Here is the flow that would make this easy - A Patient logs into a Member Portal via a mobile app that retrieves Member clinical information using FHIR standards. This is the step that exploits the "Patient Access API" to retrieve the member information.
Imagine now that with the click of a button, the member is able to choose the items s/he
wishes to save to the "wallet" in the mobile App. For example, a FHIR bundle that contains the procedures that a patient has undergone would be a good one to save, if the patient is planning to visit with another provider (say a specialist) it makes a lot of sense that they carry the details of the procedures that they can share securely with the new provider. This is where the "Member as API" (to paraphrase what Andy Tobin from Evernym had written in his blog) concept comes in. The Patient/Member is the one that should be carrying the data from provider to provider and from payer to payer.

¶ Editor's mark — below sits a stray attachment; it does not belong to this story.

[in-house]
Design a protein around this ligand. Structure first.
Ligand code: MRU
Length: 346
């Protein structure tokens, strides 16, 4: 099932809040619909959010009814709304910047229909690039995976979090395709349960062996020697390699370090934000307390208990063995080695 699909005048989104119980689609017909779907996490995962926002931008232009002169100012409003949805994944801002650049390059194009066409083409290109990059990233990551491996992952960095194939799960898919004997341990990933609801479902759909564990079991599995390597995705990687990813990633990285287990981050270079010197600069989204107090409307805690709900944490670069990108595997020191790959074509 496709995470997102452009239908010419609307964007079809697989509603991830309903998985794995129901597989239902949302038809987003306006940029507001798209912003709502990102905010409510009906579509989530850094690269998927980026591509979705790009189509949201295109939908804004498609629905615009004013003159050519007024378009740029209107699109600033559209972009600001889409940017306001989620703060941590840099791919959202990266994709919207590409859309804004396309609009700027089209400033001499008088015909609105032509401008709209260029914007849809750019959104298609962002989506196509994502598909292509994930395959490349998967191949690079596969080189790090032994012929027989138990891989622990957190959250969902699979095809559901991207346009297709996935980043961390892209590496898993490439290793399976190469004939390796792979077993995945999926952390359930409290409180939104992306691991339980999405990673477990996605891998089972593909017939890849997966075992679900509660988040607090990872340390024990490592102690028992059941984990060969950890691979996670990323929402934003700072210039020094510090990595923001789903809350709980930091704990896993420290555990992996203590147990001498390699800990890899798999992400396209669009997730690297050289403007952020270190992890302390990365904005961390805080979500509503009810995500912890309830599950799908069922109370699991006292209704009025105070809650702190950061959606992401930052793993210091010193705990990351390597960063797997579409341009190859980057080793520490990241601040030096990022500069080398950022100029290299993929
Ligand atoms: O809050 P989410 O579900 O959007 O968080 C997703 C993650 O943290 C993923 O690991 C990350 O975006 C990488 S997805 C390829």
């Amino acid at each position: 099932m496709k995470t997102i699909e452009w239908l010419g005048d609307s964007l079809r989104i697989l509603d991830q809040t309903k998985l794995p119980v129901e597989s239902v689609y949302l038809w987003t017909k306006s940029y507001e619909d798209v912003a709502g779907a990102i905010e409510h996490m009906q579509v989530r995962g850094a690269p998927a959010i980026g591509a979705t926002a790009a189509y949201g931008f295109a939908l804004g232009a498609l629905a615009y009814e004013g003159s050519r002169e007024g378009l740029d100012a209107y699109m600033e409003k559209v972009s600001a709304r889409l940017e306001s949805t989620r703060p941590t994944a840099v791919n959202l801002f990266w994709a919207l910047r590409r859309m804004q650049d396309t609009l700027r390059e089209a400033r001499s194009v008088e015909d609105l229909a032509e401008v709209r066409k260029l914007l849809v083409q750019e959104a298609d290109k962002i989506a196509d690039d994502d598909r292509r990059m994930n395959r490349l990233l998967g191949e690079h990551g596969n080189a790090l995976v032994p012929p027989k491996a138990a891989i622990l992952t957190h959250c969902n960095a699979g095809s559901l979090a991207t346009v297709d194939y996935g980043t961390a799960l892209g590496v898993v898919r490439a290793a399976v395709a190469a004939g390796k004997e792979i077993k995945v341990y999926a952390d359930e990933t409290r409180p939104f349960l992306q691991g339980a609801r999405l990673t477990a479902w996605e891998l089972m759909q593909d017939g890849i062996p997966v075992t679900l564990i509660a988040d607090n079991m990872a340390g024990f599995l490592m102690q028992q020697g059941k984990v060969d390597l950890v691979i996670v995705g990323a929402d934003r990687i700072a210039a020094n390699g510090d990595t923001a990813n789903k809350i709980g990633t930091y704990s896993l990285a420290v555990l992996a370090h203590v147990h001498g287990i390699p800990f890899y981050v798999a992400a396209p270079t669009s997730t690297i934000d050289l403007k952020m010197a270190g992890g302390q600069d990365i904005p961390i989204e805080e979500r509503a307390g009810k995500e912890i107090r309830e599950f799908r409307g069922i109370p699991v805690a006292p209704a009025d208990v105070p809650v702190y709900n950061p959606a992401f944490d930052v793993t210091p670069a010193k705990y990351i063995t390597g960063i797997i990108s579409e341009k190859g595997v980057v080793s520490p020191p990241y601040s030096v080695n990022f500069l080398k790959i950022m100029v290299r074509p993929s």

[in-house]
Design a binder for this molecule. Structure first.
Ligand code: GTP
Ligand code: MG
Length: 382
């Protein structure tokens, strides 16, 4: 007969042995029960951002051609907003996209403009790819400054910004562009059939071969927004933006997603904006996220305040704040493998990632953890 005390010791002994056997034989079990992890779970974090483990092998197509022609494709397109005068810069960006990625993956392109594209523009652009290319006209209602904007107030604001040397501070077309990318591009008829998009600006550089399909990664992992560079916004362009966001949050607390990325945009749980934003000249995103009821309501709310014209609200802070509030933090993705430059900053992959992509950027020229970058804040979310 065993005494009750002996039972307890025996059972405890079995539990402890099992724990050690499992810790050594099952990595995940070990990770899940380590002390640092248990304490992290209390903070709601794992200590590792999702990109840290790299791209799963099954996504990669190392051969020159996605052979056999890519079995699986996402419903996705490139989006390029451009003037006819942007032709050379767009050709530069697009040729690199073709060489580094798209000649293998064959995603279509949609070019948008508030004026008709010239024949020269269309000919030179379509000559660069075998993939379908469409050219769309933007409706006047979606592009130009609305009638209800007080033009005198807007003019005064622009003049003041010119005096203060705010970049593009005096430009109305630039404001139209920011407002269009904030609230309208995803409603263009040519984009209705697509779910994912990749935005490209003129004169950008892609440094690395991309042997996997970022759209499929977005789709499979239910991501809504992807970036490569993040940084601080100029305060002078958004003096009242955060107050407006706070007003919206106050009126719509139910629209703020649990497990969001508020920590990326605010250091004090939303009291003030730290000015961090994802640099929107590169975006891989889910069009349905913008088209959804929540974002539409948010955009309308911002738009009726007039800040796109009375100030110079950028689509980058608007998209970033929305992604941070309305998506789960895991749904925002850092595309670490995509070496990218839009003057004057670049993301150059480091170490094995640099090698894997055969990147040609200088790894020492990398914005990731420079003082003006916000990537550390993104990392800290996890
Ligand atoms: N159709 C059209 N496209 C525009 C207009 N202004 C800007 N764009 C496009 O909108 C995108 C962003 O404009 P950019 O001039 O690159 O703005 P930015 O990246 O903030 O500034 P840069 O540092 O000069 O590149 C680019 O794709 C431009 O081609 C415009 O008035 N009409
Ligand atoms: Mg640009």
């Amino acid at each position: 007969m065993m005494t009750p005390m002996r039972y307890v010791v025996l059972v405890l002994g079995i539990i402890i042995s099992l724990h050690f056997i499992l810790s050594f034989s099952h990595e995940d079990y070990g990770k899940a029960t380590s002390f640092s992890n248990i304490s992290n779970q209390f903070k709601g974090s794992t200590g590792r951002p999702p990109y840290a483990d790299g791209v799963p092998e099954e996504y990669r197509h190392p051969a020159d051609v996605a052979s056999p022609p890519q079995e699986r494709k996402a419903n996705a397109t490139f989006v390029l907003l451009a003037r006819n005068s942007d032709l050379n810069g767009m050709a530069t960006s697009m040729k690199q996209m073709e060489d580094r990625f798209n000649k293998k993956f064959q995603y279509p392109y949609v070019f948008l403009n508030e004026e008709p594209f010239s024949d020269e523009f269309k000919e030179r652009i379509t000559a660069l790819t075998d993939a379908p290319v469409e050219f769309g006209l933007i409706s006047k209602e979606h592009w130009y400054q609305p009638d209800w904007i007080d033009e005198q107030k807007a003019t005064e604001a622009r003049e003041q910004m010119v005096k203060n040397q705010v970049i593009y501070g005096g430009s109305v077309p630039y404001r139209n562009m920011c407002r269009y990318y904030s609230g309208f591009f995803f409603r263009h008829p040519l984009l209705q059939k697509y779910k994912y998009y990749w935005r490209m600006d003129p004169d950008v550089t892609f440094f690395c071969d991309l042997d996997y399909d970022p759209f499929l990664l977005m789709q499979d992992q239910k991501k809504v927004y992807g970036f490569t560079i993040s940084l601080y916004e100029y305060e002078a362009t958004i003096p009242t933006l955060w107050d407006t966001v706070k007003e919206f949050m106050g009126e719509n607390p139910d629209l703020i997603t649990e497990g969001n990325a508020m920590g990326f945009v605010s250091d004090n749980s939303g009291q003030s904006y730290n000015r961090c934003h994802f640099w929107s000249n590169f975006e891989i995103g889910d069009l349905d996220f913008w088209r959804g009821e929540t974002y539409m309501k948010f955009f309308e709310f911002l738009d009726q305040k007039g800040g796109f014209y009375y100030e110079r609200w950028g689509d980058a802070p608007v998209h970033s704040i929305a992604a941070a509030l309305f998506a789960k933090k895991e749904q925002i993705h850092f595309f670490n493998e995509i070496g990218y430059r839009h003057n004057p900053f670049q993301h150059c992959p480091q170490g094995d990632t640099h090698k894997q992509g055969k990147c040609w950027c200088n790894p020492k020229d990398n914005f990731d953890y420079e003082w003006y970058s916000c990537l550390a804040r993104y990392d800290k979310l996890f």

When patient information is stored in the mobile "Wallet", it is stored as a Verifiable Credential conforming to the Verifiable Credential W3C standard. A patient/member can present this credential as a QR code to a provider. A piece of software can read and verify the QR code and extract the credential details.
A more sophisticated technique, when the payload of data cannot fit into a single QR code would be to use the DID COMM protocol to extract one or more verifiable credentials from the mobile wallet. A piece of software can verify that these digital credentials have not been tampered with by using the public key of the issuer of the credential. For details of one such implementation, check out :